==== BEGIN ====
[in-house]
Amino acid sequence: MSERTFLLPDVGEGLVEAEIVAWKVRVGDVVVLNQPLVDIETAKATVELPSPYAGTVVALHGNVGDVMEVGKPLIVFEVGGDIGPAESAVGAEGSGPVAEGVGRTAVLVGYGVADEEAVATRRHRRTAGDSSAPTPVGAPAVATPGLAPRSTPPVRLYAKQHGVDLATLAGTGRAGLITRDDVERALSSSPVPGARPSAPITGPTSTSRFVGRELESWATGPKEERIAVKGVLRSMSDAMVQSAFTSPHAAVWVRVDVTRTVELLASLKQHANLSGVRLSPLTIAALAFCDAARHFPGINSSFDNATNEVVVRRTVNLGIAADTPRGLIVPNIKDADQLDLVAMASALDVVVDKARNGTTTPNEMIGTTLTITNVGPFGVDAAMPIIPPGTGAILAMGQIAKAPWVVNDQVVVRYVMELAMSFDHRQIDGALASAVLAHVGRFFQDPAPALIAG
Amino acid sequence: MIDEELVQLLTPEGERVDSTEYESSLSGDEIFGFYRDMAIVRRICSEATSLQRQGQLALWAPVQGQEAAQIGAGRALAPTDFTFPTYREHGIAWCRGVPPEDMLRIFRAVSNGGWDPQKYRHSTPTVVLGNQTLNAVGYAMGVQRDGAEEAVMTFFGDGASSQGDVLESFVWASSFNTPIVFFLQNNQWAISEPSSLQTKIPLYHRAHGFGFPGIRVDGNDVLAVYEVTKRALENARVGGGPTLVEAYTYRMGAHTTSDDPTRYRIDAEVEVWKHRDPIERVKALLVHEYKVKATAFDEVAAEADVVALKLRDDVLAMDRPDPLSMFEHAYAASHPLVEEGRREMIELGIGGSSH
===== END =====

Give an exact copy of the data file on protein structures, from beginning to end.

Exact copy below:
[in-house]
Amino acid sequence: MSERTFLLPDVGEGLVEAEIVAWKVRVGDVVVLNQPLVDIETAKATVELPSPYAGTVVALHGNVGDVMEVGKPLIVFEVGGDIGPAESAVGAEGSGPVAEGVGRTAVLVGYGVADEEAVATRRHRRTAGDSSAPTPVGAPAVATPGLAPRSTPPVRLYAKQHGVDLATLAGTGRAGLITRDDVERALSSSPVPGARPSAPITGPTSTSRFVGRELESWATGPKEERIAVKGVLRSMSDAMVQSAFTSPHAAVWVRVDVTRTVELLASLKQHANLSGVRLSPLTIAALAFCDAARHFPGINSSFDNATNEVVVRRTVNLGIAADTPRGLIVPNIKDADQLDLVAMASALDVVVDKARNGTTTPNEMIGTTLTITNVGPFGVDAAMPIIPPGTGAILAMGQIAKAPWVVNDQVVVRYVMELAMSFDHRQIDGALASAVLAHVGRFFQDPAPALIAG
Amino acid sequence: MIDEELVQLLTPEGERVDSTEYESSLSGDEIFGFYRDMAIVRRICSEATSLQRQGQLALWAPVQGQEAAQIGAGRALAPTDFTFPTYREHGIAWCRGVPPEDMLRIFRAVSNGGWDPQKYRHSTPTVVLGNQTLNAVGYAMGVQRDGAEEAVMTFFGDGASSQGDVLESFVWASSFNTPIVFFLQNNQWAISEPSSLQTKIPLYHRAHGFGFPGIRVDGNDVLAVYEVTKRALENARVGGGPTLVEAYTYRMGAHTTSDDPTRYRIDAEVEVWKHRDPIERVKALLVHEYKVKATAFDEVAAEADVVALKLRDDVLAMDRPDPLSMFEHAYAASHPLVEEGRREMIELGIGGSSH